U.S. provides lifesaving treatment for 83 percent of HIV-positive patients
Abuja — On September 7, 2021, U.S. Chargé d’Affaires Kathleen FitzGibbon joined Nigerian Federal Director of Public Health Dr. M.O. Alex-Okoh representing Minister of Health Dr. Osagie Ehanaire to mark the closing of a U.S. government activity that made a significant contribution to the HIV response in Nigeria over the last decade.
The Strengthening Integrated Delivery of HIV/AIDS Services (SIDHAS) activity is supported by the Presidents’ Emergency Plan for AIDS Relief (PEPFAR) through the U.S. Agency for International Development (USAID). Since 2011, SIDHAS, implemented by FHI 360, has been a leader in a continuum of U.S. government support for HIV control.
Through PEPFAR, the U.S. government delivers lifesaving treatment to over 1.5 million individuals, more than 83 percent of the total estimated 1.8 million Nigerian people living with HIV and supports comprehensive services to over one million vulnerable children and their family members impacted by HIV.
PEPFAR is implemented in Nigeria by the U.S. State Department, USAID, the U.S. Centers for Disease Control, and the Walter Reed Army Institute of Research, leveraging the power of a whole-of-government approach to controlling the global HIV/AIDS epidemic.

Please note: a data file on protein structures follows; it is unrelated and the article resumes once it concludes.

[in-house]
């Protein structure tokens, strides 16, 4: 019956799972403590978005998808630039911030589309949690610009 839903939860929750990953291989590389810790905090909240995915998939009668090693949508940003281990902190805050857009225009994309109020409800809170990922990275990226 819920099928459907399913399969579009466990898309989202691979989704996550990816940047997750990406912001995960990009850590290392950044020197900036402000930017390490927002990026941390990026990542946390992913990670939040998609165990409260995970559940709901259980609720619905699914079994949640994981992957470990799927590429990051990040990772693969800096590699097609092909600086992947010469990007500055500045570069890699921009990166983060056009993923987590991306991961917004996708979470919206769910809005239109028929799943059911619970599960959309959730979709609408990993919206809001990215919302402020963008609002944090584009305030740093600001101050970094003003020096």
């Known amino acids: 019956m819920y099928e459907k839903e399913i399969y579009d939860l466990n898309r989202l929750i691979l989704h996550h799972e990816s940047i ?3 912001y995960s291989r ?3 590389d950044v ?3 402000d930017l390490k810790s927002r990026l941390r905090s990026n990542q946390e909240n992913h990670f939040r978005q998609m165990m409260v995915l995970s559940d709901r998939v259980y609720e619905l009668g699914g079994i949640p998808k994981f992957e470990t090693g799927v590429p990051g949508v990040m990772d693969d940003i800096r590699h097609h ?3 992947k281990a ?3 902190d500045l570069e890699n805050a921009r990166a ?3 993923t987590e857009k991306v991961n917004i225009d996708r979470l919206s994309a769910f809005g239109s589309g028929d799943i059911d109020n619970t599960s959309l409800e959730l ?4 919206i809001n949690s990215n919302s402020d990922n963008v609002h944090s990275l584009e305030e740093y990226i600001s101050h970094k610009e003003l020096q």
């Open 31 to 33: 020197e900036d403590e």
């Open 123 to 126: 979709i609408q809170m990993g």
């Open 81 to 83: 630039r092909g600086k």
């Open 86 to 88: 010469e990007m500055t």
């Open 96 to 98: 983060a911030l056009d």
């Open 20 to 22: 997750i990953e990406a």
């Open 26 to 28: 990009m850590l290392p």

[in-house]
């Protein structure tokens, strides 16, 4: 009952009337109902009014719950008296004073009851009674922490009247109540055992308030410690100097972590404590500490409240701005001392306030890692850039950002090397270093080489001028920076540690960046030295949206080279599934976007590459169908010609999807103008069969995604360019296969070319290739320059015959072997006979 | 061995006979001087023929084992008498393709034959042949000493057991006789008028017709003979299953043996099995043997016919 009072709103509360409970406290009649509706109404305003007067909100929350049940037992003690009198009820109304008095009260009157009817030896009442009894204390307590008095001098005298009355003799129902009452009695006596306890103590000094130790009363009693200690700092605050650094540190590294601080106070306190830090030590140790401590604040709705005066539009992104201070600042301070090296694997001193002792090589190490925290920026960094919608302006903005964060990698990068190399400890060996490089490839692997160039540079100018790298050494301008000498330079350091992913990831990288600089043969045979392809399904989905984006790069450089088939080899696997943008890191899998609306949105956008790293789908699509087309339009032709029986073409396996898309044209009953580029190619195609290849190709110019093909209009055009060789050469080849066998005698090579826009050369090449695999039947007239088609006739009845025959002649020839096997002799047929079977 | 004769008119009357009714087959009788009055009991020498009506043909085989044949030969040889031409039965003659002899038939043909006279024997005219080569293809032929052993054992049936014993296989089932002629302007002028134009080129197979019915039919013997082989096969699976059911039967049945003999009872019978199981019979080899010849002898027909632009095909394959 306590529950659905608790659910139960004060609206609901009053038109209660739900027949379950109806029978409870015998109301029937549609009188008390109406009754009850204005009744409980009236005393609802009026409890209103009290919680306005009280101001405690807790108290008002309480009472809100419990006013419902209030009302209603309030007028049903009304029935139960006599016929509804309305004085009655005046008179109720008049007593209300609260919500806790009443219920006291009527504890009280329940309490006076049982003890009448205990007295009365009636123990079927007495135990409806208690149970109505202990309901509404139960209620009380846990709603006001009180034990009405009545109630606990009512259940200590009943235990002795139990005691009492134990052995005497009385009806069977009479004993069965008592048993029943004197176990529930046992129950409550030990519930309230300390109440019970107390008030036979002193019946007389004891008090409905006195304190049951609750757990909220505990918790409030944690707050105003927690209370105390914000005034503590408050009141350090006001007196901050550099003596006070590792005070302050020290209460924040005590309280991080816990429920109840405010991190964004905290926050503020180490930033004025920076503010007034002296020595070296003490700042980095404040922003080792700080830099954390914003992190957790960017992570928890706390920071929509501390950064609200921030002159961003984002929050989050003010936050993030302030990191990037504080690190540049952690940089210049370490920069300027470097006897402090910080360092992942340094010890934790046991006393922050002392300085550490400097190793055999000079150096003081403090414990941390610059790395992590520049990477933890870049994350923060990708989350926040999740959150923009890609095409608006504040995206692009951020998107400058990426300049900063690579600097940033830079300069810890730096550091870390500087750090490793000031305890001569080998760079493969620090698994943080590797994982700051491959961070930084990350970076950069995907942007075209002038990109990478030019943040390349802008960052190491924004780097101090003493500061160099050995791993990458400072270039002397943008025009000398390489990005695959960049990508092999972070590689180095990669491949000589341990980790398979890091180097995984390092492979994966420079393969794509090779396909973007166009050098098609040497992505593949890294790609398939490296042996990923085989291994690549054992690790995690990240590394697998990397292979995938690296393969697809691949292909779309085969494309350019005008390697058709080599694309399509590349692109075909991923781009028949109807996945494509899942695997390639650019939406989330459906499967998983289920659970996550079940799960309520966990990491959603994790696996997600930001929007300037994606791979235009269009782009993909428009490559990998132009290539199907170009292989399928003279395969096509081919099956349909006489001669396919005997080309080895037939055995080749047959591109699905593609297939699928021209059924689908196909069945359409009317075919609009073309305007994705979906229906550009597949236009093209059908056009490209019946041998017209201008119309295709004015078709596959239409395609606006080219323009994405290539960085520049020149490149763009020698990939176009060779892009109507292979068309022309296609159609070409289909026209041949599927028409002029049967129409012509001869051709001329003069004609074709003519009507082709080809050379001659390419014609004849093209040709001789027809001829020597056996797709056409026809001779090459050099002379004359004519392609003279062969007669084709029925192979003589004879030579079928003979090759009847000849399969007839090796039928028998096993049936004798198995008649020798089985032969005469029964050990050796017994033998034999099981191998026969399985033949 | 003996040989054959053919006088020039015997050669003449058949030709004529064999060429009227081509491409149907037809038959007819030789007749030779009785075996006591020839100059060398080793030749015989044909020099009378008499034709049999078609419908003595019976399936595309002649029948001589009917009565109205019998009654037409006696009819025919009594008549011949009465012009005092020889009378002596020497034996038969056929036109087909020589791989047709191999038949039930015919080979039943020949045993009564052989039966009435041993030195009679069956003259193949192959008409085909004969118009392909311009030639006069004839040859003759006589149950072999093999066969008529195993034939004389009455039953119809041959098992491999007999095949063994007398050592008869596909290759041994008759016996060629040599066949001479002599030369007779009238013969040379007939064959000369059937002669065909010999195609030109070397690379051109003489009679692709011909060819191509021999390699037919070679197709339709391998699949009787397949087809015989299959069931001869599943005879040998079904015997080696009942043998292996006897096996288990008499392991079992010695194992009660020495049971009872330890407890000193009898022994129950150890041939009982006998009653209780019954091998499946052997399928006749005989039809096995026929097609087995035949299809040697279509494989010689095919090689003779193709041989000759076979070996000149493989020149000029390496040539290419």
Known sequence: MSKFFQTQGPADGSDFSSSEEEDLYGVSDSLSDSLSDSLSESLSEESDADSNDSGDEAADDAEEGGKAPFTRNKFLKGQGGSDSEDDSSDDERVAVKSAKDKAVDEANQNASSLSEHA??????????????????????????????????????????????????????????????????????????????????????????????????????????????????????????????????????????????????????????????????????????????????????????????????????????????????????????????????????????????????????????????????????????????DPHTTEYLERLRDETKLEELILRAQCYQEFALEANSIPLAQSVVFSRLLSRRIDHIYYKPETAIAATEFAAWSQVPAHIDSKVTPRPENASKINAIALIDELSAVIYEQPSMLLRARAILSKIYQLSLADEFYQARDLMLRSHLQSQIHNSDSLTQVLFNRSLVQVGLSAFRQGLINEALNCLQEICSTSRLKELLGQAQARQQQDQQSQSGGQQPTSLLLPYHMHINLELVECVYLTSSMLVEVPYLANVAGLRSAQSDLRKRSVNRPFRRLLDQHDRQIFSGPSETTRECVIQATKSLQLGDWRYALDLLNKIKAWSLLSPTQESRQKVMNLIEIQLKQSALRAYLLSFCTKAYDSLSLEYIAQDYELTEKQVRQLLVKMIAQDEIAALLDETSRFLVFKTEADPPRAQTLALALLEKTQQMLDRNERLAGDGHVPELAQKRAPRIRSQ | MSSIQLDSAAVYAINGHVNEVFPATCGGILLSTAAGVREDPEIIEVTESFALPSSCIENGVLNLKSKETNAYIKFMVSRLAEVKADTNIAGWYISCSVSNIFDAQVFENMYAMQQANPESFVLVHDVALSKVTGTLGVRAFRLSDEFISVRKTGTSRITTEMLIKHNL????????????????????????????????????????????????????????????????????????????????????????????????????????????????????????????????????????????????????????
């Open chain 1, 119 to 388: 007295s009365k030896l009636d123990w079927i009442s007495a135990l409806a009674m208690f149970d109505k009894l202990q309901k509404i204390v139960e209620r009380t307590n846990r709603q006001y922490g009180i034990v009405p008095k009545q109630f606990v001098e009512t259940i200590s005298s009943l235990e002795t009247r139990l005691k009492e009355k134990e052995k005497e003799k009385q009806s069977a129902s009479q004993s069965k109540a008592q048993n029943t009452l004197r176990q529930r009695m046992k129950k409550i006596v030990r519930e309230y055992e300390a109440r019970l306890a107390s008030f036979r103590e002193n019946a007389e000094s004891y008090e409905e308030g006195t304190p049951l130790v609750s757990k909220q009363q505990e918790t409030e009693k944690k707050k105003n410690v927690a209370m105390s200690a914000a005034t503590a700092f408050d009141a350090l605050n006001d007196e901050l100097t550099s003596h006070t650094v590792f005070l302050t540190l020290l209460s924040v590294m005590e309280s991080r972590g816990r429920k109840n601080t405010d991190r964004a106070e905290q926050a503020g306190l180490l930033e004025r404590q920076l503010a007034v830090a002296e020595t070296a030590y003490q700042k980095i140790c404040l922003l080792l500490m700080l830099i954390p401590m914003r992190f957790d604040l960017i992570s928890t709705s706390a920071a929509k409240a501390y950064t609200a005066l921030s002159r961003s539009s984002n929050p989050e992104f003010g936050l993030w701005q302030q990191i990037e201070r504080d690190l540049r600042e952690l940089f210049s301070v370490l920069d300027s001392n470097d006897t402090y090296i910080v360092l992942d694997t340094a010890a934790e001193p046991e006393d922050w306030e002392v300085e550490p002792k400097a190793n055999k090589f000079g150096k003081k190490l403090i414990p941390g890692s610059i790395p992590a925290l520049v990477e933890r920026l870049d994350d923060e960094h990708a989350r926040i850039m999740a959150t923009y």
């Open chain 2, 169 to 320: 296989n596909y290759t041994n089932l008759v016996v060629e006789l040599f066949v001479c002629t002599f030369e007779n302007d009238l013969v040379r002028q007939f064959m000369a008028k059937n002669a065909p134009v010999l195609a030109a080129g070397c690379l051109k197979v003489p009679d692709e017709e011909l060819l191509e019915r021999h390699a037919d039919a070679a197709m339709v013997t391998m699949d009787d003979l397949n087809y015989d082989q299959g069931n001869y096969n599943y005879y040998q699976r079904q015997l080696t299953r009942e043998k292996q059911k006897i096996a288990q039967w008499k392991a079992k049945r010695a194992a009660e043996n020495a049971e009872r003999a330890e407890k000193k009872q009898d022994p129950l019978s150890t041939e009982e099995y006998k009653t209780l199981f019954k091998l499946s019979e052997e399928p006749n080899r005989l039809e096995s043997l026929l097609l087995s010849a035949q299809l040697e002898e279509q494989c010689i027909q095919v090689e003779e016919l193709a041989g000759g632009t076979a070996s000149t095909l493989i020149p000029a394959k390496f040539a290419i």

“It’s been a great source of pride for me to witness the success of the U.S. government’s partnership with Nigeria to get HIV epidemic control within our reach,” FitzGibbon said at the event. “The U.S. PEPFAR team has worked closely with government stakeholders to urgently reorient the national response to address areas with the highest HIV burden.”
SIDHAS made significant contributions to the national HIV response through improving integration of HIV/AIDS and TB services into the Nigerian health system and helping deliver higher quality prevention and treatment to HIV-positive people and their families.
SIDHAS began operating in all 36 states and the Federal Capital Territory in 2011, and over the years has evolved to focus on “hot spots” of HIV incidence as identified by the activity’s interventions and results.
Along the way, SIDHAS has strengthened institutional, technical, and financial capacities of local health systems in planning, training of health workers, and support for community-based organizations active in the health sectors.
This support helped streamline and standardize Nigeria’s HIV prevention and care response and improved the geographic reach of high-quality treatment services, most recently through “surge” interventions in Akwa Ibom and Cross River states since 2019.
Through partnership with the Government of Nigeria, the U.S. Government and the multilateral Global Fund to Fight AIDS, TB, and Malaria, Nigeria has demonstrated a reduction in HIV prevalence from 4.1 percent in 2010 to 1.4 percent in 2018. New annual infections have dropped 26 percent from 230,000 in 2010 to 170,000 in 2018.
As Nigeria accelerates toward meeting the United Nations goal of global HIV eradication by 2030, USAID programs will continue to maintain critical momentum to propel HIV prevention, care, support, and treatment where it is needed most in Nigeria.